My temporary position at the library is going well, but will soon end.  That, combined with external things, has driven me into another listless frame of mind.  I am desperate to find another job, but it feels so hard.  I am comfortable where I am (not enjoying every aspect, but I know my job), and what if another job is too hard?  What if I don’t like the people there?  I like working at the library, I like my co-workers (not the supervisor though, not for the past 9 months) and I like the work.  The pay is miserable.  Unless you have a Masters in Library Science and sit in a back office talking all day, you make nothing.  I like the work at the public defenders’ office, but not the actual job.  It’s been that way the past 3 1/2 years I’ve worked there.  It was something to get me experience to get somewhere else.  So far, I’ve not moved.

Applying for jobs has become a great stress.  There are few places I can work.  I can’t drive any more, so I have to get to work by bus.  You can be five minutes late to work when you drive; when you take the bus even 30 seconds late will cost you a half hour or more.  I’d rather work here in town, but it seems no one is hiring or will look at my application.  The places that are hiring at decent wages are too far away.  I turned down a job that would require 1 1/2 hours of commute time each morning and evening (3 hours round trip).  If I could drive, it would take 10-15 minutes to get there.  Bus transfers are not so convenient.

I like the women I work with in accounting at the library–my temporary point of transfer.  They make me feel like a real person.  Little by little I let them know I have a baby who died.  I told them the whole story one afternoon (in about five minutes) when the supervisor was out and we had a bit of down time and one of the women cried profusely.  She said her sister had lost one baby in a similar way, then miscarried (at 20 weeks) her second.  Then she couldn’t have any more children.  I can only imagine the pain her sister must feel; that’s something I don’t know yet, but it’s something that terrifies me.

One lady just had a baby last year, and another just had her first grandchild.  He was born on my due date, which haunts me.  She talks about him every day.  However, she is a sweet woman who genuinely cares about me and understands my pain about the subject.  The women always try to include me in baby talk.  I appreciate that more than I can really express.  I feel valued.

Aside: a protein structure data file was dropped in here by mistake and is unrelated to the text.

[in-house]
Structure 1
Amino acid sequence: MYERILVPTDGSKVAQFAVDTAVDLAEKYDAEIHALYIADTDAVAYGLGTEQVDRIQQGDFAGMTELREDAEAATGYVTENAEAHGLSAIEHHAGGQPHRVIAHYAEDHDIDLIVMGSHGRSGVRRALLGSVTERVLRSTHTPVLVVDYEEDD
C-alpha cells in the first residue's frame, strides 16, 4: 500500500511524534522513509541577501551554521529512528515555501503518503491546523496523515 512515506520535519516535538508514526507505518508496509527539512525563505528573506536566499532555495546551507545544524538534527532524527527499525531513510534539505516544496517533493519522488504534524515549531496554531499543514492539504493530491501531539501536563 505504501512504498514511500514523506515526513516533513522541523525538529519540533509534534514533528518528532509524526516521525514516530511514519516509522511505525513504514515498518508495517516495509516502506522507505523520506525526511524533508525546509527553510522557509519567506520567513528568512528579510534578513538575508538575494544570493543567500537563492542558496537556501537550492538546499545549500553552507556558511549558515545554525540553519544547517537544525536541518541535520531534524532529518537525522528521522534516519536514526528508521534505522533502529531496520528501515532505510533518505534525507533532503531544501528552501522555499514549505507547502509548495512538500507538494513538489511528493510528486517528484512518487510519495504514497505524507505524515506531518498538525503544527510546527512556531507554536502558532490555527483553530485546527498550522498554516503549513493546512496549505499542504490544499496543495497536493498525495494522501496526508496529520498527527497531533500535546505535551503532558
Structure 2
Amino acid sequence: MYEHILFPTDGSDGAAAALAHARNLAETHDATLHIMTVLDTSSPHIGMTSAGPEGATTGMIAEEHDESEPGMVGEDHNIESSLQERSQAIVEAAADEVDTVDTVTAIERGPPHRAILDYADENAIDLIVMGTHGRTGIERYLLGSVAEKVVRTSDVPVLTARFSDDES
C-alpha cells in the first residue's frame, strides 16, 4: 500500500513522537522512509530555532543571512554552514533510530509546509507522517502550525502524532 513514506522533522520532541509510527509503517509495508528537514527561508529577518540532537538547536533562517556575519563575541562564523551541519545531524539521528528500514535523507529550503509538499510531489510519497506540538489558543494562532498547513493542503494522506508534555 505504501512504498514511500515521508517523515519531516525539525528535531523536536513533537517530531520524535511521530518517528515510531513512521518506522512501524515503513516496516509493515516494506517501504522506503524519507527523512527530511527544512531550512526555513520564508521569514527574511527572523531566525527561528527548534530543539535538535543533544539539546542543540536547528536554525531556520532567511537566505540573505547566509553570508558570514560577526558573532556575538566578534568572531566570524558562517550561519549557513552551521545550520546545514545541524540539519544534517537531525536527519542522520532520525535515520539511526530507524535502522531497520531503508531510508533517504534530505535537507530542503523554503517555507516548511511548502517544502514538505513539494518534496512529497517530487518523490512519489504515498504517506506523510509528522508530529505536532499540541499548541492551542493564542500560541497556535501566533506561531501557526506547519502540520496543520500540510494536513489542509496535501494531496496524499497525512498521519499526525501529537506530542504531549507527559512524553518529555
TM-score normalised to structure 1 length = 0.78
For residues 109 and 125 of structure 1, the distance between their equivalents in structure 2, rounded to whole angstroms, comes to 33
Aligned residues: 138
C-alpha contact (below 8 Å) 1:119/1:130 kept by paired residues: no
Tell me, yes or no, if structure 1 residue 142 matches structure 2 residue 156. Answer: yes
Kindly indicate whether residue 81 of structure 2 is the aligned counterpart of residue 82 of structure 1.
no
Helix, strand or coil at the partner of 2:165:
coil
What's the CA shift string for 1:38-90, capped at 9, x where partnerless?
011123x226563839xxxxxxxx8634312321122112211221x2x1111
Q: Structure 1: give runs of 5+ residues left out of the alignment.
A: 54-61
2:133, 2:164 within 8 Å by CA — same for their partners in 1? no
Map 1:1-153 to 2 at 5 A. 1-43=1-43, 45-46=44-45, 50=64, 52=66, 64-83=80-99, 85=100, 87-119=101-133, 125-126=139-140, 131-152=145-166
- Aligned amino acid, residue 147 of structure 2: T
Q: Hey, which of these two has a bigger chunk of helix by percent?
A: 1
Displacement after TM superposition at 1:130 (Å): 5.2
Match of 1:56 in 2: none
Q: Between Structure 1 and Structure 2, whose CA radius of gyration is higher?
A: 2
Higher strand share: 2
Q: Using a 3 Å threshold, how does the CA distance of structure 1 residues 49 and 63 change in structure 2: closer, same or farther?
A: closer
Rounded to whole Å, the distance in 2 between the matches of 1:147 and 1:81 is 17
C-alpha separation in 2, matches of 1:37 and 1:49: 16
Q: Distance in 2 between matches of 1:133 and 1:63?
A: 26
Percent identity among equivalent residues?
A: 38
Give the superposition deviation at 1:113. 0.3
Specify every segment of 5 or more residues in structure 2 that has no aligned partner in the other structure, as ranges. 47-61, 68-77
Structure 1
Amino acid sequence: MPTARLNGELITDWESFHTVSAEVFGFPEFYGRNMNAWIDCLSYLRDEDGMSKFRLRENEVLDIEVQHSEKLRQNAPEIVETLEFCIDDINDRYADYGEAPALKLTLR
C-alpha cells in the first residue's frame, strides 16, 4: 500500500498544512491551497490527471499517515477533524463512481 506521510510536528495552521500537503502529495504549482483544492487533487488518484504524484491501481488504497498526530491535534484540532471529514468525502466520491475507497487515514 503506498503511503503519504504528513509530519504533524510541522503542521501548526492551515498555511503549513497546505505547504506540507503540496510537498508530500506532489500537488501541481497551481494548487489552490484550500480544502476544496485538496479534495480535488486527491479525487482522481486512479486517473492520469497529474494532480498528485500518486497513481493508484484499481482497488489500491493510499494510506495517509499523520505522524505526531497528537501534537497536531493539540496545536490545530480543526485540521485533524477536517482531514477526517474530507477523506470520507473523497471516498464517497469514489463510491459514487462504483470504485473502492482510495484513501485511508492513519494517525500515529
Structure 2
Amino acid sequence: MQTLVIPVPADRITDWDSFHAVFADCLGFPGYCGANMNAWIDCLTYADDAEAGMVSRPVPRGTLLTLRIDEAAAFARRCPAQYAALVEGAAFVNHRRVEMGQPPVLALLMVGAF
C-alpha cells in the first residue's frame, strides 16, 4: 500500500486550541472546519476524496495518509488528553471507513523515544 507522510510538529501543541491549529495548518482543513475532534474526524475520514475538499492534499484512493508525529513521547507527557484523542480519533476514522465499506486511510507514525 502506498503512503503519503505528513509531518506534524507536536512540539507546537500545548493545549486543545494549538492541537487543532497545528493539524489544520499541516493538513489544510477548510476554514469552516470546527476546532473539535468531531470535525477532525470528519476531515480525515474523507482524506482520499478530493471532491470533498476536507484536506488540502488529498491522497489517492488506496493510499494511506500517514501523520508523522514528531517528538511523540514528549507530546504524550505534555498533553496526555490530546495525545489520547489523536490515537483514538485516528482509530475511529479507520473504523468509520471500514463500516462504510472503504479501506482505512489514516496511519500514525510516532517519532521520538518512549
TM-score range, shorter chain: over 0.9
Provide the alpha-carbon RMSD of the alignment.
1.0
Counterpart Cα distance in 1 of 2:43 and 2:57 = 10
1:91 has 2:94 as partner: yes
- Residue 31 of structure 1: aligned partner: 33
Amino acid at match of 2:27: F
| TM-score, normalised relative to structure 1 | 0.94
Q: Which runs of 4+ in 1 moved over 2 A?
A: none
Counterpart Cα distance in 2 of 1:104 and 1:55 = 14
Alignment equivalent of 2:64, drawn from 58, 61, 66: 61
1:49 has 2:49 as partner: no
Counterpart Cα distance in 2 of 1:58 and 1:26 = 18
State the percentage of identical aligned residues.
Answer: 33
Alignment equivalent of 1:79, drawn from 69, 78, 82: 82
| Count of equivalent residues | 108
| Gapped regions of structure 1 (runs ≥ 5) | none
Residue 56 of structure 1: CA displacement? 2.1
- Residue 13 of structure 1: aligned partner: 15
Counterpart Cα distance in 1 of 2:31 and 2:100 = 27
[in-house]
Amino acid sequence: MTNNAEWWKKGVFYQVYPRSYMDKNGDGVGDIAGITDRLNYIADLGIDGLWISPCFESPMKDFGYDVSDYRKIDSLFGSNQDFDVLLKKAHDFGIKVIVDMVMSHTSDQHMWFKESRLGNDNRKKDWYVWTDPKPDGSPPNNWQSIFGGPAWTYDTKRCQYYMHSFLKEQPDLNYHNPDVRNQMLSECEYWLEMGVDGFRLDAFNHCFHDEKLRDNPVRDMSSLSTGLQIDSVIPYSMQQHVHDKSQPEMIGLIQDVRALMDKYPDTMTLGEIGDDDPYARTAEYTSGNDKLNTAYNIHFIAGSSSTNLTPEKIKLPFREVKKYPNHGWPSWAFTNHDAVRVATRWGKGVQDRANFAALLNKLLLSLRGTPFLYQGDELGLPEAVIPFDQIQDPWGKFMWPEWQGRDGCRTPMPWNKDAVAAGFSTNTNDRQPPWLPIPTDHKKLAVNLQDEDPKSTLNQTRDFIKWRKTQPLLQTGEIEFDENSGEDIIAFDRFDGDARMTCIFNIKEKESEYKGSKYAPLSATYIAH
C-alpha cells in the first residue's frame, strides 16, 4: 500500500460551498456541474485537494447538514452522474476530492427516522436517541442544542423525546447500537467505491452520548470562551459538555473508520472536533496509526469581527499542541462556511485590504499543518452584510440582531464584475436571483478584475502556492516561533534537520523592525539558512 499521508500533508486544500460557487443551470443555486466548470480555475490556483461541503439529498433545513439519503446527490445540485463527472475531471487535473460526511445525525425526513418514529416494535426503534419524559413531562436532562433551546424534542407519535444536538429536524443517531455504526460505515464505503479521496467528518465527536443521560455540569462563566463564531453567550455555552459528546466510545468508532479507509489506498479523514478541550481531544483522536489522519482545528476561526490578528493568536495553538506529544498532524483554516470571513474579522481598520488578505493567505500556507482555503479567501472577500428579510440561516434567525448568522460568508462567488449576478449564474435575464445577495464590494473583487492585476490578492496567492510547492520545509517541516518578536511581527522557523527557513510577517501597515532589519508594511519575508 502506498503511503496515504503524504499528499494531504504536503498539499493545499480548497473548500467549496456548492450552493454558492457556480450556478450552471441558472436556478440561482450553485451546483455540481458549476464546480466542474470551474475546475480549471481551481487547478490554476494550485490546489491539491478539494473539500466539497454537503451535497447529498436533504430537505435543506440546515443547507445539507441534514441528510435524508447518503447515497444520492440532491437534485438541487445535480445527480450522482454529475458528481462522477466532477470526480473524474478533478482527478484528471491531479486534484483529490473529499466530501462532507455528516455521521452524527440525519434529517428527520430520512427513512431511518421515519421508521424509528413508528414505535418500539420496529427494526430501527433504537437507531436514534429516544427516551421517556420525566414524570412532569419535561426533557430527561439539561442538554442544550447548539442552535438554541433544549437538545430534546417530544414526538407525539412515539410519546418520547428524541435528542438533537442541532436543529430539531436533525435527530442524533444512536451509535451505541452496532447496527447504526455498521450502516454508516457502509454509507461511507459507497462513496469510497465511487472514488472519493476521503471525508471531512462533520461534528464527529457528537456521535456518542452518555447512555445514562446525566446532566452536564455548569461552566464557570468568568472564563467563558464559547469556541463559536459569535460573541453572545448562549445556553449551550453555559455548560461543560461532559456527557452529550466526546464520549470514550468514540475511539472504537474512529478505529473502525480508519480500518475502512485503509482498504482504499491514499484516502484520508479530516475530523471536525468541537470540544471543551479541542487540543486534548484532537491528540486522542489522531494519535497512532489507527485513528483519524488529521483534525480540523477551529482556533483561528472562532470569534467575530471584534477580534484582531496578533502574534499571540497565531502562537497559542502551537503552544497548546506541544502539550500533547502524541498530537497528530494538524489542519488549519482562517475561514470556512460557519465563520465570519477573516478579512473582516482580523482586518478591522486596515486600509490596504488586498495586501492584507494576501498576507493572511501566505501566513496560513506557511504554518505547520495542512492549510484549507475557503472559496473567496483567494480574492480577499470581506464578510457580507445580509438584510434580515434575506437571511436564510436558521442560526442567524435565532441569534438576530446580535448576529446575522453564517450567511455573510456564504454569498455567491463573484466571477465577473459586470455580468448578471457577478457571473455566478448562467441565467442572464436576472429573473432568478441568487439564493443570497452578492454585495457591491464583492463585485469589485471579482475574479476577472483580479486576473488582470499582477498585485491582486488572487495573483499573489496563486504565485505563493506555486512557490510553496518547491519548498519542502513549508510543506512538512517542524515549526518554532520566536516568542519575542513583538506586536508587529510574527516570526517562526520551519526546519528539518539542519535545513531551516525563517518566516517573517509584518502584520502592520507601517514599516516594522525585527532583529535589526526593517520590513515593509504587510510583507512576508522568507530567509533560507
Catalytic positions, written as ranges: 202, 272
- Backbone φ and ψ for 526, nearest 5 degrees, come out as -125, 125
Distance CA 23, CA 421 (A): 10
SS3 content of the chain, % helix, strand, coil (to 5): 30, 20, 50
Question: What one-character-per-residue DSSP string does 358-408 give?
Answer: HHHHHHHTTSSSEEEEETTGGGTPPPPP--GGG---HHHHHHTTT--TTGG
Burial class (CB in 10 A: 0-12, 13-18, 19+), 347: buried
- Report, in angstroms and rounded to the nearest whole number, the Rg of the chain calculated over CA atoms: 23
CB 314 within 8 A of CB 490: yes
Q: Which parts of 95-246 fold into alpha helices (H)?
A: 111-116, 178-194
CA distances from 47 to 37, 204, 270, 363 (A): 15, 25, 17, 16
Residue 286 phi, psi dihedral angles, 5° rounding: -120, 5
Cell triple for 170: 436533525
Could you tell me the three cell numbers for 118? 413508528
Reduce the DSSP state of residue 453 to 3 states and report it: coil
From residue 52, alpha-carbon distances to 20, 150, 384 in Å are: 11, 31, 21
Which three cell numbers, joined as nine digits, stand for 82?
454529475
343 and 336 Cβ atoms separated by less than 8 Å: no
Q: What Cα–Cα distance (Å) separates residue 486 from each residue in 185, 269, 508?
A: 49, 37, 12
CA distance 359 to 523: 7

I hoped they might keep me on, at least long enough to find a new job.  I felt like the transfer was more to see if I’d fit in as a replacement (the fourth person in the department quit in March and they haven’t posted for her job yet), so knowing that I am indeed going back to shelving after Labour Day feels like a personal failure.  I have not done everything perfectly, but I feel like I’m grasping their system at last.  I honestly don’t know what they’ll do when I go back; I spend 3 of my 3 1/2 hours completely occupied with a job that another woman who has not a minute of free time most days used to do.  I don’t know how she did it all before, and with me there, she has taken on new responsibilities.  All three of the women seemed upset when the supervisor confirmed the other day that I’d be back upstairs soon; they thought I’d stay on for sure.

So I am wrestling with it all.  My husband is working agriculture 7 days/week now, and when the season is over will be returning to school (he finished his first quarter this summer) to keep working on his teaching credential.  I am supposed to take a couple of accounting classes this fall, but I don’t know how I will do it all.  I still don’t have health insurance even though I paid for it.  I have also had to pay to go to the doctor.  I need to go to the doctor again, but I keep holding out until my insurance kicks in.  It never will, so now I am holding out until I have a full time job with insurance.

All the while, I wish I weren’t the primary bread-winner.  I know it’s required of me right now so that in the future it won’t be, but I do wish things were flipped.